Tom,

Yes, I see how "this piece did indeed originate in a condition of heartwreck," -- coming after as it does remembering the sound of wind blowing down steep steps to Lake Michigan. . . . All these comments must attest to the powerful stuff you've dragged to surface here. I'm looking across to a photograph of my father (John) and Johnny and me sitting on the steps down at his house on the cliffs south of Carmel -- the sounds of waves must have been there, one of the last photos I've got of him -- did it really happen ?


8.3

grey whiteness of fog against invisible
ridge, shadowed green of cypress branch
in foreground, sound of wave in channel

also co-ordinates on surface,
which have significance

that is, gravitational field
for other forms, system

grey-white of fog reflected in channel,
line of pelicans flapping toward point

TC said...

Wonderful comments, many thanks. A sense of likemindedness takes the edge off the insomniac refrigerator noise, as one recalls that we're all in this one together. I mean the living, feeling, dreaming, remembering game; that infinite game in which there are no winners and which we can at best only hope to help keep going, so that when we exit, the last thing we can see is that the balls are still up in the air.

Ed, you're absolutely right, it would be a tragic (?) waste to under-sell any of our remaining faculties, even if we only think or imagine we have them.

Beautifully attested to by Don is the strange "reason to exist" impulse that seems to provoke our interest in all these things having to do with pasts. It seems a peculiarly human preoccupation, though even in saying that I am reminded of the touching evidence in elephants of a memorial mourning ceremony, wherein a group will linger lovingly for some time over the remains of a fallen one. But more immediately here, I watch our pack of cats; they've all once been abandoned and at least half-wild, yet though the traces of all that remain in their dispositions, they don't appear to be losing much sleep over it all currently.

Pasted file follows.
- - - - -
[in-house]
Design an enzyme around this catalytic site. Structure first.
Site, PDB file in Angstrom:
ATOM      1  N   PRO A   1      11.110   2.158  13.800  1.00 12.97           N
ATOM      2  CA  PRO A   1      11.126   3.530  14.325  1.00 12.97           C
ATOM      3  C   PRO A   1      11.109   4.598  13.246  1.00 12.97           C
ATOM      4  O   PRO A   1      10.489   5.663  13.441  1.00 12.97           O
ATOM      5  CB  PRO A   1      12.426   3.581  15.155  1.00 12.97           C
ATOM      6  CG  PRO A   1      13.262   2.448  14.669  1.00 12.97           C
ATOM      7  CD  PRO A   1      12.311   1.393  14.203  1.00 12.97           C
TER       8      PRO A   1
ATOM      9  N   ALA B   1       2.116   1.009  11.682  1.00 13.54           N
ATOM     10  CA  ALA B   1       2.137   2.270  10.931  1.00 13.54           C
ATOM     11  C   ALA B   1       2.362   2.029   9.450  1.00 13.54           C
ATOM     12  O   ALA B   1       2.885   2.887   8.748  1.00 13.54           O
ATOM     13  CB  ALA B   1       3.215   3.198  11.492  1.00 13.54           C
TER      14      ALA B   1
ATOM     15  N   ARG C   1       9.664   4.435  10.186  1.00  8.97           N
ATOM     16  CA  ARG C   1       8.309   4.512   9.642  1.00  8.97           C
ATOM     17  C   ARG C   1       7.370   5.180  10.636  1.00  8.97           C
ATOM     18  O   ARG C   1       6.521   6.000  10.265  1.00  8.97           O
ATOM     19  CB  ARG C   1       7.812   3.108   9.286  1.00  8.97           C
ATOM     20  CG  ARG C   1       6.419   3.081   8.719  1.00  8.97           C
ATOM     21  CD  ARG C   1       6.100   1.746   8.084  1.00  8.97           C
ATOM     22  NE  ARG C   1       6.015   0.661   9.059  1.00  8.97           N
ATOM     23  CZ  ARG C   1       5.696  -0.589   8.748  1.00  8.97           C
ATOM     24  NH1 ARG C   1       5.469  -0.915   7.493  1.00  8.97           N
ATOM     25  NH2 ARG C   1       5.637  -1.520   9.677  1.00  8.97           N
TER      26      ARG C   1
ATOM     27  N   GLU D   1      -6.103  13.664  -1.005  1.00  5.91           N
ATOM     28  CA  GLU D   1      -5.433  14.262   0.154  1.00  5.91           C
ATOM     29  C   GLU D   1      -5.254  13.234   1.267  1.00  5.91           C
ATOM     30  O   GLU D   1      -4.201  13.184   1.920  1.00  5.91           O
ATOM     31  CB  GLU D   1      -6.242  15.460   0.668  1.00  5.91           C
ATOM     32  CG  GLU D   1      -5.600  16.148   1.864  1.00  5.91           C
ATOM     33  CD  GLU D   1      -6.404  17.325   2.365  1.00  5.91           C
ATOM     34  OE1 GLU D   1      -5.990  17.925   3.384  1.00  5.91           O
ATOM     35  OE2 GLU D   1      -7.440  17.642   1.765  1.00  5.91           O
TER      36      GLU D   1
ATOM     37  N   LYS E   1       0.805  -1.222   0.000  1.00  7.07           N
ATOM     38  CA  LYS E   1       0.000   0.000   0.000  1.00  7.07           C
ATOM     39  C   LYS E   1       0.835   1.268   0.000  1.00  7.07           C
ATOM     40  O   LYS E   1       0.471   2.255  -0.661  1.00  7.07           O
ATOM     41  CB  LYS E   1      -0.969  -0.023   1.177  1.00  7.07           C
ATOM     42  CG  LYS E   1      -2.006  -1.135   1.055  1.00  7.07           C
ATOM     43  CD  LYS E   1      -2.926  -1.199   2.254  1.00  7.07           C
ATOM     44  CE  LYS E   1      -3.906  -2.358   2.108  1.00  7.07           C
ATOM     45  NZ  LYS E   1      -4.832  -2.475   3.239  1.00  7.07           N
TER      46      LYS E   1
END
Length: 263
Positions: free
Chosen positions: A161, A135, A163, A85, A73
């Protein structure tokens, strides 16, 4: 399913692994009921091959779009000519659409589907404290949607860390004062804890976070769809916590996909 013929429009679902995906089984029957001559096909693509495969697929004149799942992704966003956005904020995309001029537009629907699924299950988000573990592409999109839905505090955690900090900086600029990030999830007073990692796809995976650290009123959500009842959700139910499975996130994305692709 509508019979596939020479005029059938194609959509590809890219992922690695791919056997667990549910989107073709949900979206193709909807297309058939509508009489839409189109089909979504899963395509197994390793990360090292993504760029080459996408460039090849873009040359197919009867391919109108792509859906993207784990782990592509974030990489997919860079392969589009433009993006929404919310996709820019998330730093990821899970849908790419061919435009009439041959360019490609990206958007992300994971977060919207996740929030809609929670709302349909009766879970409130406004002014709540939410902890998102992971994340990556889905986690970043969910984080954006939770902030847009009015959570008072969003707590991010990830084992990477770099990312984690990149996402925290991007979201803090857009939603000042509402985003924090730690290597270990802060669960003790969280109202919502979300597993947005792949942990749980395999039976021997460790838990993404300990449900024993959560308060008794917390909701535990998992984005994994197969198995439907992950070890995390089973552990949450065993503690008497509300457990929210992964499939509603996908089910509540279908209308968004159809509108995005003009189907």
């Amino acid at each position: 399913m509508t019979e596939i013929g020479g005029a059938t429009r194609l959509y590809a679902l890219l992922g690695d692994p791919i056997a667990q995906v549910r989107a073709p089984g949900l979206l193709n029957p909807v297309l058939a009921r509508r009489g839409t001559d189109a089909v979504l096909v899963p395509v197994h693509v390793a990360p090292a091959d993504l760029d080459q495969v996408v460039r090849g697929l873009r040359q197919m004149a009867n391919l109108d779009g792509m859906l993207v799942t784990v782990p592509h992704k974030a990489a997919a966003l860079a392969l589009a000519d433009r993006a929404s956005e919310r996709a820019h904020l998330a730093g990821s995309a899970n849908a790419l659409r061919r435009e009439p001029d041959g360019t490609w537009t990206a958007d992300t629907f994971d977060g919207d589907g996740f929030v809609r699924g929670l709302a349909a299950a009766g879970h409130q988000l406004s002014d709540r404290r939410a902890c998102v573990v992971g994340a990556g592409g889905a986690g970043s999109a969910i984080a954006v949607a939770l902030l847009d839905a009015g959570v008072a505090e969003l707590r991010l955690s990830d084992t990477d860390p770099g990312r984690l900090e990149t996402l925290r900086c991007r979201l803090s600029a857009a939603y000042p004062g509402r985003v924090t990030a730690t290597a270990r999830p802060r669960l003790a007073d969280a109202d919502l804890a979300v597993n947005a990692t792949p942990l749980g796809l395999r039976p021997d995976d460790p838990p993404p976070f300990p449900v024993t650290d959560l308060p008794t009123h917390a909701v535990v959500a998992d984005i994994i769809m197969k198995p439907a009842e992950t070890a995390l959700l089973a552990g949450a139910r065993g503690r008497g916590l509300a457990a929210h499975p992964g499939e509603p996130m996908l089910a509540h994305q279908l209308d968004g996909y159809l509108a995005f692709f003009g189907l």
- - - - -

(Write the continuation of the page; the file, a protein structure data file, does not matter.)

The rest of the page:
But again I must qualify that; one large and powerful male Siamese shows strong signs of conceiving that I am his mother; he suckles at my earlobes ecstatically, whenever he is able to get within striking range. So it appears that perhaps even in animals, memory has a curious deranged power.

All mixed up with instinct and dream.

Confusion. Pastness and presence se mezclaran.

Don's introduction of Proust and the relation of Art and Memory of course goes back to our chapter and verse source on this theme.

Earlier I mentioned Nabokov's magisterial work
Speak, Memory.

In the last two passages included there, some of VN's sentences may weave into our thread.

Don, the "to wander/to return" cycle seems to describe the pulse of a life. A lot depends on which term you choose to put at the end of the cycle. "To wander/to return/to wander...": that (returning) third term might be decisive in some accounts of things, as disparate as the Roman and Buddhist views of the "next" world.